• Begin the Review and Setting Purpose for the Assessment instructional practice:

1. Teacher says: “‘a’, ‘e,’ ‘i,’ ‘o,’ ‘u.’ These are the long vowel sounds that we hear in words like ‘day,’ ‘week,’ ‘night,’ ‘hope,’ and ‘June.’ Over the past several weeks, we’ve been looking closely at some ways to spell the vowel sounds /ā/, /ē/, /ī/, and /ō/. Let’s see if we can name those syllable types (spelling patterns).”

2. Teacher displays the enlarged Suggested Long Vowel Syllable Type chart or Long “a” Word Cards and reads the /ā/ words aloud: “make, paid, play.”

3. Teacher points to the word “make” and invites students to read the word.

4. Teacher asks:

“How is the sound /ā/ spelled in this word?” (magic “e”)

5. Teacher says: “This is the magic ‘e’ syllable type (spelling pattern). The ‘e’ at the end of the syllable is silent but makes the vowel ‘a’ say its name.”

6. Teacher points to the word “paid” and invites students to read the word.

7. Teacher asks:

“How is the sound /ā/ spelled in this word?” (vowel team “ai”)

8. Teacher repeats steps 6 and 7 with the word “play.”

9. Teacher says: “The vowel teams ‘ay’ and ‘ai’ are two ways we’ve looked at recently to spell the long ‘a’ sound. We discovered that ‘ay’ isn’t followed by a consonant, and that ‘ai’ is.”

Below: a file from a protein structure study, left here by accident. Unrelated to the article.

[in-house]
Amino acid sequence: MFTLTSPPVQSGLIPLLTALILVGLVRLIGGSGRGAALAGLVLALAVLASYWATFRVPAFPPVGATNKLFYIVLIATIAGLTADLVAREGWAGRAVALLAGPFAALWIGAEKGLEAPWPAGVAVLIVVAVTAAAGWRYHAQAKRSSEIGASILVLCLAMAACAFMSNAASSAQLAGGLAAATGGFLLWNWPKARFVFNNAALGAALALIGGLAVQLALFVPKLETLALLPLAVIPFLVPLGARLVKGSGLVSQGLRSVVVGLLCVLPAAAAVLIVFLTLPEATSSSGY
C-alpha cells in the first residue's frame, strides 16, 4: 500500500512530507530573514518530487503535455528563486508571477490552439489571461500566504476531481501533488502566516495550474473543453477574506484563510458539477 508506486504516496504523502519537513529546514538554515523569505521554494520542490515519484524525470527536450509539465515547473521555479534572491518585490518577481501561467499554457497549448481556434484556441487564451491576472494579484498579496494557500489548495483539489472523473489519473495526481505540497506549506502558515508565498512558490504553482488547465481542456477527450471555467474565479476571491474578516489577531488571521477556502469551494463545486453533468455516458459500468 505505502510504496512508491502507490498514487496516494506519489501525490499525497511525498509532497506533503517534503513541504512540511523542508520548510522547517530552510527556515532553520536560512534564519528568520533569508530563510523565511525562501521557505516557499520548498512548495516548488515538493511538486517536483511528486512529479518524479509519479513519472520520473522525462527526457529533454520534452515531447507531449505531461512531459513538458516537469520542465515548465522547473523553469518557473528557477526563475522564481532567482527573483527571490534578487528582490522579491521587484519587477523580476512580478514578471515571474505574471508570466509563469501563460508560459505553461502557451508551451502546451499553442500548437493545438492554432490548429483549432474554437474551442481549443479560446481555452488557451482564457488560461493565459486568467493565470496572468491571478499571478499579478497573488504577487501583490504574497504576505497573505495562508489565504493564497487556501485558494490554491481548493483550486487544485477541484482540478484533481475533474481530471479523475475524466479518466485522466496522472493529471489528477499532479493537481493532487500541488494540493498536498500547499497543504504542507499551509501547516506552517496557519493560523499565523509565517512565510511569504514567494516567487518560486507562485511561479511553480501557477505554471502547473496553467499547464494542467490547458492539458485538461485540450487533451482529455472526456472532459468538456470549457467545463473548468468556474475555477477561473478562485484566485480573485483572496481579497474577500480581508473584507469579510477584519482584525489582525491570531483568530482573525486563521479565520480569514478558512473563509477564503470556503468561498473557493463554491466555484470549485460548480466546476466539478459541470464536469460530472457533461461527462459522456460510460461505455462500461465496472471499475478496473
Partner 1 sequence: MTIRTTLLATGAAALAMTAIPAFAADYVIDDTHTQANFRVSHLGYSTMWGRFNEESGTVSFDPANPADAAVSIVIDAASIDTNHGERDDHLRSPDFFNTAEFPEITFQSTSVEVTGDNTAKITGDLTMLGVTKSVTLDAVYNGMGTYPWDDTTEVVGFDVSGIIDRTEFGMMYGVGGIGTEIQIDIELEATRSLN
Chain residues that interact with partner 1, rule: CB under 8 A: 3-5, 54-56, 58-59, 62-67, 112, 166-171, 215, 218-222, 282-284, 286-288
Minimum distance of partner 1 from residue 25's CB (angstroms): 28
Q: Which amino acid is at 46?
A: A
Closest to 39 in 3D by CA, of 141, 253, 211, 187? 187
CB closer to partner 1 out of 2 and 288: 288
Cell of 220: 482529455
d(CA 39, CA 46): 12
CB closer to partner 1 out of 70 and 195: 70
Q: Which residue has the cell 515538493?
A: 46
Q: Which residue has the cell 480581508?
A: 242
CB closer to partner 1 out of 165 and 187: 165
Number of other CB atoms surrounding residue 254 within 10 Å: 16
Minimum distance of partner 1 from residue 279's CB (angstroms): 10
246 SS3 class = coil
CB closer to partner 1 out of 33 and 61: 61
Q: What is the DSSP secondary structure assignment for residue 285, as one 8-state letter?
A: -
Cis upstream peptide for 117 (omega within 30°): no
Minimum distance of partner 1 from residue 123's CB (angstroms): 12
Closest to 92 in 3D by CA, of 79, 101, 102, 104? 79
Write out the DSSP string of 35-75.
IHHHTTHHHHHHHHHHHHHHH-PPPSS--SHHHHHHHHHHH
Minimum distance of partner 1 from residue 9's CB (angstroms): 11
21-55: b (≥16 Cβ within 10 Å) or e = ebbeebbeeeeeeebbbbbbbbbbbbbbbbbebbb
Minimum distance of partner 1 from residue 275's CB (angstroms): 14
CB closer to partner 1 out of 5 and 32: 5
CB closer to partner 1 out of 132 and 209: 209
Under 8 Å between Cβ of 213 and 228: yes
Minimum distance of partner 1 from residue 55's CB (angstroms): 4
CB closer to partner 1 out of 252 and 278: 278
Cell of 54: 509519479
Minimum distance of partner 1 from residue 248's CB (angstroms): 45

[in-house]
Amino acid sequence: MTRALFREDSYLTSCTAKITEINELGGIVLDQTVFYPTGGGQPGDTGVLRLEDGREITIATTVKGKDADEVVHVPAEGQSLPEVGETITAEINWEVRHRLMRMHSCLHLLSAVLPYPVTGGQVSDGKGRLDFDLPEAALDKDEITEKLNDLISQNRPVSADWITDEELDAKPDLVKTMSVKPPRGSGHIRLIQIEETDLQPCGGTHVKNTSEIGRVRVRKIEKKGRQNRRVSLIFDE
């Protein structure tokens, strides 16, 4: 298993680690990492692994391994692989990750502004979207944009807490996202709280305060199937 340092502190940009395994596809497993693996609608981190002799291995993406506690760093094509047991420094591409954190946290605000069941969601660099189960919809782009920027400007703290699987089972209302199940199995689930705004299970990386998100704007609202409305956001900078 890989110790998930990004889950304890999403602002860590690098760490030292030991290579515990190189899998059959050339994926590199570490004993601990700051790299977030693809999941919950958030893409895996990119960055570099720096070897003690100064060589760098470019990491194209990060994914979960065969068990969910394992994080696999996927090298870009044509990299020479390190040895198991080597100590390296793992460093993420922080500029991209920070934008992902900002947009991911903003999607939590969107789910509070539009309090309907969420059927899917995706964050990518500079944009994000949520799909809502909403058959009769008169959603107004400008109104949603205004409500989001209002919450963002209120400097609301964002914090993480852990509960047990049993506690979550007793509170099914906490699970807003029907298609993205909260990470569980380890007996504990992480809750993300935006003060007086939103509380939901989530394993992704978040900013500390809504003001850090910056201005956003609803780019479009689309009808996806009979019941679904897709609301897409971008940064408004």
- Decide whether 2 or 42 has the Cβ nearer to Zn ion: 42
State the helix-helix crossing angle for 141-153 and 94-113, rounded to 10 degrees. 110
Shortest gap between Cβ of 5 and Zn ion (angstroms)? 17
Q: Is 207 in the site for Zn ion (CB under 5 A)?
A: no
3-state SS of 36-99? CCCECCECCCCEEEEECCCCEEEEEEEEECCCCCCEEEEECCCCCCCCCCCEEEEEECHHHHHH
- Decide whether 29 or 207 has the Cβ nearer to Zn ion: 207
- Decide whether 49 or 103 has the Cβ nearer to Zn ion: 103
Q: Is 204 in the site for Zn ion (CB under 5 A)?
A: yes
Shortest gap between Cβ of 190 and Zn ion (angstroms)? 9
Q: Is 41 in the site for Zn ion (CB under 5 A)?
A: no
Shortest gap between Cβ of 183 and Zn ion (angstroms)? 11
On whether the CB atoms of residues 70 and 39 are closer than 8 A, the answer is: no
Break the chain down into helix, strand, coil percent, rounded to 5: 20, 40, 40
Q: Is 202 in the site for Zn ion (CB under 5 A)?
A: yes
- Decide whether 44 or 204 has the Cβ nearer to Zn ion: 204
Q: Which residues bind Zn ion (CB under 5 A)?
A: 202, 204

10. Teacher repeats steps 2–9 with the /ē/, /ī/ and /ō/ words on the enlarged Long Vowel anchor chart or index cards.

12. Teacher invites students to turn to an elbow partner and respond to the following prompt:

“How does knowing these syllable types (sound/spelling patterns) help us become proficient readers and writers?”

13. Teacher invites one or two students to share their thoughts with the group. (Responses will vary. Examples: When we see those spelling patterns, we will instantly know what sound to make when we’re decoding; when we go to spell a word, we can think about where we hear the long sound in the syllable and that will help us know what syllable type it is.)

14. Teacher explains to students that today they will meet with him or her in small groups to take an assessment and that at some point today or in the next few days they will meet with him or her to look at the assessment and set goals.

15. Teacher asks:

“How does getting feedback from an assessment help us set goals?”

“How does setting goals help us become more proficient readers and writers?”

“What responsibility do each of us (teacher and student) have in this process?”

  • Consider annotating the letters in a vowel team by placing a dot under each and drawing a straight line between the dots. This can serve as a visual, reinforcing the fact that while there are two vowels, they make just one sound.
  • Consider annotating the magic “e” by drawing an arrow from below the magic “e” back to the vowel it gives its voice to. This can serve as a visual, reinforcing the role of the magic “e” and the fact that even though there are two vowel letters in that syllable, there is just one vowel sound.